You can execute the following code samples from the command line. Open your [spark installation]/bin directory and enter pyspark. You should see output like the following:
I wrote this entire article, inlcuding all the code samples, in a jupyter notebook. You can get this on GitHub: Machine Learning with Spark and Caché . Once your environment is ready you can launch the notebook and execute all the code samples directly from within it.
First we'll use findspark to do a quick test to verify that Spark is correctly configured and that we can import it into our environment.
import findspark findspark.init() import pyspark sc = pyspark.SparkContext() # If the Spark context was created, we should see output that looks something like the following. sc
Loading and Examining Some Data
Next we will create a SparkSession instance and use it to connect to Caché. SparkSession is the starting point for using Spark. We will use it to load the Iris dataset into a Spark DataFrame. The Spark DataFrame extends the functionality of the original Spark RDD (discussed above). In addition to many optimizations, the DataFrame adds the ability to access and manipulate data through both a relational sql-like interface and a list of objects.
from pyspark.sql import SparkSession spark = SparkSession.builder.master("local") spark = SparkSession.builder.config('spark.sql.warehouse.dir','file:///C:/spark/temp') spark = SparkSession.builder.getOrCreate() iris = spark.read.format("jdbc").option("url","jdbc:Cache://localhost:1972/SAMPLES").option("driver", "com.intersys.jdbc.CacheDriver").option("dbtable","DataMining.IrisDataset").option("user", "_System").option("password","SYS").option("spark.sql.warehouse.dir","file:///C:/spark/temp").load()
Here we can run a command to display the first 10 rows of Iris data as a table.
By the way, a sepal is a leaf, usually green, that serves to protect a flower in its bud stage and then physically support the flower when it blooms.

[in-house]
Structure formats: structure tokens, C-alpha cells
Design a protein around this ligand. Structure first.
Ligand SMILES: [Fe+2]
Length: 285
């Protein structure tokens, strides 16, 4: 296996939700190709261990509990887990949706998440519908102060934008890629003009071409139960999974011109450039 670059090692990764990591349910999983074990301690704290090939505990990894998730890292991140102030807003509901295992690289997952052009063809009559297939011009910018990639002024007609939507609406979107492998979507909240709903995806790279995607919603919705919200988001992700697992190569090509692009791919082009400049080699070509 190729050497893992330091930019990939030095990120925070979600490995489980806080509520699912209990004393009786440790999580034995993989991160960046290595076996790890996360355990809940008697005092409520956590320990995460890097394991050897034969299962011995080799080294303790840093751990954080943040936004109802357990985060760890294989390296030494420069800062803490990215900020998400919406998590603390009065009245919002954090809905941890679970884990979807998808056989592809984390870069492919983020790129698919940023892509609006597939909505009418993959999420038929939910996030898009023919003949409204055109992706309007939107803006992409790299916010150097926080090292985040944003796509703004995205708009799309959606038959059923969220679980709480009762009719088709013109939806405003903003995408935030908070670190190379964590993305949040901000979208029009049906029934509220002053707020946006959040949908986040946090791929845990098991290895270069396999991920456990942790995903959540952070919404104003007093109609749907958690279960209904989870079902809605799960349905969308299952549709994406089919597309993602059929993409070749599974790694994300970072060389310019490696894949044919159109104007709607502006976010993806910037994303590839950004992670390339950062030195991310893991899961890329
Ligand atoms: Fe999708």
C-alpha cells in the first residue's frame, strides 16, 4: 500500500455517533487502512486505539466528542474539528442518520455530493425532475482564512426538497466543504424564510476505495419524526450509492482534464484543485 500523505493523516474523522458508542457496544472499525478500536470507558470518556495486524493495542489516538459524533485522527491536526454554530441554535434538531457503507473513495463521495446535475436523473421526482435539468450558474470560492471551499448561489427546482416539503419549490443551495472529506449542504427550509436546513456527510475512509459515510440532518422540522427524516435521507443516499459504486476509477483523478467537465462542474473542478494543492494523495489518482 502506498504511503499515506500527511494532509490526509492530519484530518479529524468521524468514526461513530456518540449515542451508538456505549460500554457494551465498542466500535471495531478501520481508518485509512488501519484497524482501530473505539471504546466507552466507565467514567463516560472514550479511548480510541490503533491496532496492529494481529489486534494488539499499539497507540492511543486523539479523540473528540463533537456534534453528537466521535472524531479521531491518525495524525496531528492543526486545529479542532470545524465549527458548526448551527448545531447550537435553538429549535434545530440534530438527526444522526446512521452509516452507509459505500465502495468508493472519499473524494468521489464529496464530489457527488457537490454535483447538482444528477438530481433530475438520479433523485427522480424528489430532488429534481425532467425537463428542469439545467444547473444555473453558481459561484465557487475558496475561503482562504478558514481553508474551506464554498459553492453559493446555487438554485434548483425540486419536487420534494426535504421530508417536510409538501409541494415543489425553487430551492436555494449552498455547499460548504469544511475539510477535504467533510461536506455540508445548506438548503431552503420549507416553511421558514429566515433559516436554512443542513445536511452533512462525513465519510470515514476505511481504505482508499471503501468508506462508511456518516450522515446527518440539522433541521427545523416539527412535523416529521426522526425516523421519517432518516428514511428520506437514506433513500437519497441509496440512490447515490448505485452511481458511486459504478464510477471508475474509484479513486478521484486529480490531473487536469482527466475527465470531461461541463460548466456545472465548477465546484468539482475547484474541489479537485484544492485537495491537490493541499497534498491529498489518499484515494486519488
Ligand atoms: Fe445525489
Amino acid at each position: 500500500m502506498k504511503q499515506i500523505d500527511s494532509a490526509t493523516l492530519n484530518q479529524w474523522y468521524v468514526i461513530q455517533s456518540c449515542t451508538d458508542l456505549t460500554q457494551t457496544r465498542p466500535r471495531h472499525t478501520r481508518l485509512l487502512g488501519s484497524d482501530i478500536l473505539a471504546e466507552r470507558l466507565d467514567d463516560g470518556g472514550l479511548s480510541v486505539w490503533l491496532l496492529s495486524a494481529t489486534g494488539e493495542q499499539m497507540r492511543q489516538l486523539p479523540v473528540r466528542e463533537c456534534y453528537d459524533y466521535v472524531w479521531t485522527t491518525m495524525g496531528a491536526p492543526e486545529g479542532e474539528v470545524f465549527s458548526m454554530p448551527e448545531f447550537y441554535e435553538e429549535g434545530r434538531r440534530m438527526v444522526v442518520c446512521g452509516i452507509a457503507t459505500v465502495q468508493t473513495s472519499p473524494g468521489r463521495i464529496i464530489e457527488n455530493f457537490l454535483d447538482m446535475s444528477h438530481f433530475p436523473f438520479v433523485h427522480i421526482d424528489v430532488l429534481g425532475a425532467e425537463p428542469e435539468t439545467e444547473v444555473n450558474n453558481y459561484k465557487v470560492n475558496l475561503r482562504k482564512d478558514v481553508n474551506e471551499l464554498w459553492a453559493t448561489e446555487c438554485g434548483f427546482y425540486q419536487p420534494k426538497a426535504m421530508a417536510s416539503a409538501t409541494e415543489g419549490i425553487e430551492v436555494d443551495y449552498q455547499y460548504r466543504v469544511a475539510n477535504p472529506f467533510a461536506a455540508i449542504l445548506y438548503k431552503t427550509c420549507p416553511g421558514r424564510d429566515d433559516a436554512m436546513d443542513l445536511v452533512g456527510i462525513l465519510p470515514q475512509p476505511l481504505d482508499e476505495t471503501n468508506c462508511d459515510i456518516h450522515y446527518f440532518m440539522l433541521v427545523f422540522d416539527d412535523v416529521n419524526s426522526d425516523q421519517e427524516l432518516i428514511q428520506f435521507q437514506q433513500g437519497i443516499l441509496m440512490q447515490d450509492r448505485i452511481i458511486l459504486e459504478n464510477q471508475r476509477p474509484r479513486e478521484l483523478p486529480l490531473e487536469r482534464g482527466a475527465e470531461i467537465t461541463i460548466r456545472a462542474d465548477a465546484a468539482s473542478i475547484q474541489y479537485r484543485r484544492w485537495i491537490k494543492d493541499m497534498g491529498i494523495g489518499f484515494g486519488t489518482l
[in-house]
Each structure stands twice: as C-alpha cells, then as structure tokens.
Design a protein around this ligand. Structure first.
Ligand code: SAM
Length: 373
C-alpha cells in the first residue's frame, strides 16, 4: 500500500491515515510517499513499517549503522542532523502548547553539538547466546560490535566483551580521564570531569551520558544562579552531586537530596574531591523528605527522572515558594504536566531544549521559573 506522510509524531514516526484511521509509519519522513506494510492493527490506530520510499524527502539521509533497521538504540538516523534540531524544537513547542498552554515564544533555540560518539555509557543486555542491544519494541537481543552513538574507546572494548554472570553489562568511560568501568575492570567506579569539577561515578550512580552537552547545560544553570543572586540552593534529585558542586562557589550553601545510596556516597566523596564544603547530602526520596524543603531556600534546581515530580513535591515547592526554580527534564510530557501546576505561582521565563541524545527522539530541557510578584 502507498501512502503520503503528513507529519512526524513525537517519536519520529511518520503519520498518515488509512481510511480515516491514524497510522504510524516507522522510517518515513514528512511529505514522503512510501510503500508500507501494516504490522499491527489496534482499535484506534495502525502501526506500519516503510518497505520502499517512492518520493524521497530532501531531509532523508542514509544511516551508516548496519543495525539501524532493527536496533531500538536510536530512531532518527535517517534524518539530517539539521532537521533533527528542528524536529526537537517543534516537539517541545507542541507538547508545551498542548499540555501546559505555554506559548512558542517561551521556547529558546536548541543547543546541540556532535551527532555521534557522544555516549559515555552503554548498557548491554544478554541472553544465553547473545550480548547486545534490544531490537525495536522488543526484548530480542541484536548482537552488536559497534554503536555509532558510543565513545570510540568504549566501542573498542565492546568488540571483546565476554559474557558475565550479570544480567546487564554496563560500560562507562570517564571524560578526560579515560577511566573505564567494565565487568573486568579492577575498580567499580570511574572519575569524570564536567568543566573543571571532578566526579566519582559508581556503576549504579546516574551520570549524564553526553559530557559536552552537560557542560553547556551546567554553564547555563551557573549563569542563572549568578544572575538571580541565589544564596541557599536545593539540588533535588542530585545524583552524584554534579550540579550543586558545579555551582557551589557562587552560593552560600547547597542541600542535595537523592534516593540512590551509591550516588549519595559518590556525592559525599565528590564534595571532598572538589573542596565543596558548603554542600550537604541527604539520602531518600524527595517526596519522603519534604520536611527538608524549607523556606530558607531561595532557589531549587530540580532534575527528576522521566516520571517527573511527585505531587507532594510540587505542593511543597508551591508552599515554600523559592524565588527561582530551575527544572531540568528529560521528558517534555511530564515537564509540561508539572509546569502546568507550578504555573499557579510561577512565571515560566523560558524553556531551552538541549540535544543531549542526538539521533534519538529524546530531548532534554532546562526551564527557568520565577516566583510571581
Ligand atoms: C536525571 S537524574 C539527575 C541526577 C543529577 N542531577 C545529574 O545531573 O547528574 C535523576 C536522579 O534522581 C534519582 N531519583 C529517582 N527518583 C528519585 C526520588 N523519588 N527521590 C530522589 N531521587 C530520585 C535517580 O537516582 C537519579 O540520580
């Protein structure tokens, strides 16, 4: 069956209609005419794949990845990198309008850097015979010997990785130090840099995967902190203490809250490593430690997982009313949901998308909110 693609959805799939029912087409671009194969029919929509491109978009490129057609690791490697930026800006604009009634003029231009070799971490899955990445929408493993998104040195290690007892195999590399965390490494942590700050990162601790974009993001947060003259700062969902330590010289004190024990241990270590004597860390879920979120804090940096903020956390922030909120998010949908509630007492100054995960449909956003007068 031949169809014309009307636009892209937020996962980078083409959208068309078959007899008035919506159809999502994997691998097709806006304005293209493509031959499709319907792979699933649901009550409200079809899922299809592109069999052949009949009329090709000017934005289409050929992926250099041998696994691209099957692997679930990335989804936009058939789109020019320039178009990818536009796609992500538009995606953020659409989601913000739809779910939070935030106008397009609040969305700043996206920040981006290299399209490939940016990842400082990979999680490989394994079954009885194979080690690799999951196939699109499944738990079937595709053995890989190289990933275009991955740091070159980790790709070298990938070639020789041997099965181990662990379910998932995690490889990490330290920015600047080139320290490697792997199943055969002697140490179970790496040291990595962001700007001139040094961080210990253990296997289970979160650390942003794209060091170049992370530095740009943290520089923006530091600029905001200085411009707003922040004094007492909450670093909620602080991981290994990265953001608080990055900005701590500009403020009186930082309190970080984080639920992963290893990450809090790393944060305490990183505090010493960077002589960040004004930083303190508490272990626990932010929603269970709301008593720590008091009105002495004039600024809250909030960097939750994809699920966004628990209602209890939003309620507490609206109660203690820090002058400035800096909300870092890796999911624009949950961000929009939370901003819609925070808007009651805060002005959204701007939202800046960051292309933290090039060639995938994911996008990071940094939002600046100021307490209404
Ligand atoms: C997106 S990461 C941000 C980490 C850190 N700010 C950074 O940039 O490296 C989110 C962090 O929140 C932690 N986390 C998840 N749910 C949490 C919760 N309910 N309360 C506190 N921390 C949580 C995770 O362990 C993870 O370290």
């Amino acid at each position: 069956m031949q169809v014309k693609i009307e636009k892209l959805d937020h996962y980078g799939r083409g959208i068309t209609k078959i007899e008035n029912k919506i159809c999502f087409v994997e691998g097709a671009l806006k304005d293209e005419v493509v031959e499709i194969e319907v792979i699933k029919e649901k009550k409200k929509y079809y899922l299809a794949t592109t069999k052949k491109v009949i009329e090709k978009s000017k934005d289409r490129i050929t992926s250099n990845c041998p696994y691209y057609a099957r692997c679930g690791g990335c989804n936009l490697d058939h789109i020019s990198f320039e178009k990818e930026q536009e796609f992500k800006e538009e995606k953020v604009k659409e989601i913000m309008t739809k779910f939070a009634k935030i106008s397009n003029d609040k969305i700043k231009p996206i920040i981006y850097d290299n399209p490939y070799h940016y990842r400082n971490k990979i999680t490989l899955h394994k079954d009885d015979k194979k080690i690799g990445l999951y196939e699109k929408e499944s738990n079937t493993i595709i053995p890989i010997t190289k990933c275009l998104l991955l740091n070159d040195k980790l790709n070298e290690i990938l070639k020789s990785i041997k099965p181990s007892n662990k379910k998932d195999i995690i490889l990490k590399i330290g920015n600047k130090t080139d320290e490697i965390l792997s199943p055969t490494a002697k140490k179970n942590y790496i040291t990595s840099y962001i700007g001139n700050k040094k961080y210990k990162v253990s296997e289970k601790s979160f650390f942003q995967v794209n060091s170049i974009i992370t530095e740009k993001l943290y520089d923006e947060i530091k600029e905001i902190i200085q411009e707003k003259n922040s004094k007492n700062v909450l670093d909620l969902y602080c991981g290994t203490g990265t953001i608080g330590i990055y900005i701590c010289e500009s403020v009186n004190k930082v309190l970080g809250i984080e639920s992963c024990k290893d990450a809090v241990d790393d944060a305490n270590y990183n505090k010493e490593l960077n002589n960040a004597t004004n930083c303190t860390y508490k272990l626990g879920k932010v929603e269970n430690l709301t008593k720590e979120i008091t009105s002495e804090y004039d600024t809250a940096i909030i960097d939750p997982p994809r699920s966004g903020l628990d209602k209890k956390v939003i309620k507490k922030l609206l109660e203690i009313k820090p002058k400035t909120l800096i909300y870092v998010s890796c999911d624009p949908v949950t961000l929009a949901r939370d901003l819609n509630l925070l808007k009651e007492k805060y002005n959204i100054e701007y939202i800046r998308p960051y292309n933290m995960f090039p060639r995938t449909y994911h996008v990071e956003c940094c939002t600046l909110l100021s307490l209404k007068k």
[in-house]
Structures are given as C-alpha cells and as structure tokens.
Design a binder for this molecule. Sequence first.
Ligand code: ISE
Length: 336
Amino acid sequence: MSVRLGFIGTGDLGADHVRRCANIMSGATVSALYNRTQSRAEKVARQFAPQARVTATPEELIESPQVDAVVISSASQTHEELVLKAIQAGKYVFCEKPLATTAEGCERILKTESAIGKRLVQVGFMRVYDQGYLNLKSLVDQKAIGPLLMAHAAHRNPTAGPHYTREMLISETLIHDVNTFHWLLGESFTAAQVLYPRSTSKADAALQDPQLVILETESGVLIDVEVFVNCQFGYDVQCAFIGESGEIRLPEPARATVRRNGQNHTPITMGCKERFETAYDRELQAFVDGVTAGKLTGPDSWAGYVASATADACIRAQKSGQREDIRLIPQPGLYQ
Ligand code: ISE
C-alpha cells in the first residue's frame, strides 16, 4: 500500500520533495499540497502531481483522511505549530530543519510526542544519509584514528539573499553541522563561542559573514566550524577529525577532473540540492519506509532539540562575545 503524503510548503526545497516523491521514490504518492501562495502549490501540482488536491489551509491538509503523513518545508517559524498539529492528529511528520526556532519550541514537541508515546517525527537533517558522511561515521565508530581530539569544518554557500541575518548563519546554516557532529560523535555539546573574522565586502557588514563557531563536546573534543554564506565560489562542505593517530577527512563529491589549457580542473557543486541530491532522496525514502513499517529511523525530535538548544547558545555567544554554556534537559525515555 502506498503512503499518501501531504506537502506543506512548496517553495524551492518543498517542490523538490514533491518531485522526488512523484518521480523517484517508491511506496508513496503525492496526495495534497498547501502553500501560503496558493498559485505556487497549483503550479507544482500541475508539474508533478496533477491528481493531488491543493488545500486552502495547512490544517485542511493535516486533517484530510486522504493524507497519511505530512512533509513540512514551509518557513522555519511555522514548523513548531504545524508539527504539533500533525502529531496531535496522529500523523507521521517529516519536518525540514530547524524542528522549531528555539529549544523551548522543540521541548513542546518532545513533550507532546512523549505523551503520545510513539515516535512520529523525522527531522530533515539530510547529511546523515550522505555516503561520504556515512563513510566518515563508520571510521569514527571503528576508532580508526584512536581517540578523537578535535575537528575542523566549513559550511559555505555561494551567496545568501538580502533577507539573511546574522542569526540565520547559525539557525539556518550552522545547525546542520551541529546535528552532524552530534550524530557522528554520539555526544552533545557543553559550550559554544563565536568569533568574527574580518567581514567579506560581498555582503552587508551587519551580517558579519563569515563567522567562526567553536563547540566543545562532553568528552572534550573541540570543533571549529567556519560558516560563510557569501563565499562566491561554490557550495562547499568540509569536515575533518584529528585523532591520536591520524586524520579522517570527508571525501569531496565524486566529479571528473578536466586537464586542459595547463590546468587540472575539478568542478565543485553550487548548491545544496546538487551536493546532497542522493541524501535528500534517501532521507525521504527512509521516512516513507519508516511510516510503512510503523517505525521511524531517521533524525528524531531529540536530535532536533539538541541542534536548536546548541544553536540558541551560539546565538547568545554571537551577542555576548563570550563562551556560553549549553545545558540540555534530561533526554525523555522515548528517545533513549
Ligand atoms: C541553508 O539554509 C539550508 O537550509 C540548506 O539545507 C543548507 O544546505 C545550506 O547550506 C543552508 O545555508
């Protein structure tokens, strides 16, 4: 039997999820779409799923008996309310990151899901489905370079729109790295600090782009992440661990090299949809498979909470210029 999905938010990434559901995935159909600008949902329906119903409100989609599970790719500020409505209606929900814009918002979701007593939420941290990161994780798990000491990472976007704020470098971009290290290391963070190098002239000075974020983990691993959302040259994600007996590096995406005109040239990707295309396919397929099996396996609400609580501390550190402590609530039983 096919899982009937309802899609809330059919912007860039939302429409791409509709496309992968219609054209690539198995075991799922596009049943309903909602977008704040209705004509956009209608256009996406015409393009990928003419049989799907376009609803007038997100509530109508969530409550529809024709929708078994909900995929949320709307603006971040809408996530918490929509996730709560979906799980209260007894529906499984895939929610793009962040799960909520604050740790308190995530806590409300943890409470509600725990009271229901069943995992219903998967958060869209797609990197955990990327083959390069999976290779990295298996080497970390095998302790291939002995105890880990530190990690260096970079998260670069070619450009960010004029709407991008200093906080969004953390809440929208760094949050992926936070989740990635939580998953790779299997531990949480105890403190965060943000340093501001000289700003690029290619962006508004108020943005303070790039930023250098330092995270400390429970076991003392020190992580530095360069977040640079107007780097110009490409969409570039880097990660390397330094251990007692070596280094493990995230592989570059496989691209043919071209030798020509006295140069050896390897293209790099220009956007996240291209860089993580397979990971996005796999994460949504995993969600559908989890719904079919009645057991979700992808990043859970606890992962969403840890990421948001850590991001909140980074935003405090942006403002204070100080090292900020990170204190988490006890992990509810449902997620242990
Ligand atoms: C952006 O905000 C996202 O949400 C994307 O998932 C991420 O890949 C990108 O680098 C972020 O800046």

We can do a variety of SQL-like operations, for example finding the number rows where PetalLength is greater than 6.0 or finding the counts of the different species:
Here are the first 10 rows displayed as a python list of Spark Row objects:
The following code acccesses the Iris data through the list interface to create a pair of arrays to use with the matplotlib charting library. Spark unfortunately does not have its own charting library. The code creates a scatter plot showing PetalLength vs. PetalWidth.
import matplotlib.pyplot as plt #Retrieve an array of row objects from the DataFrame items = iris.collect() petal_length =  petal_width =  for item in items: petal_length.append(item['PetalLength']) petal_width.append(item['PetalWidth']) plt.scatter(petal_width,petal_length) plt.xlabel("Petal Width") plt.ylabel("Petal Length") plt.show()
Training and Testing a Linear Regression Model
Looks like there is a pretty strong linear relationship between PetalWidth and PetalLength. I suppose that's not surprising. Let's investigate the relationship more closely using Spark's machine learning library. We will train a simple linear regression model to fit a line through the data. Once we have the model we can use it to predict the length of an Iris petal based on its width.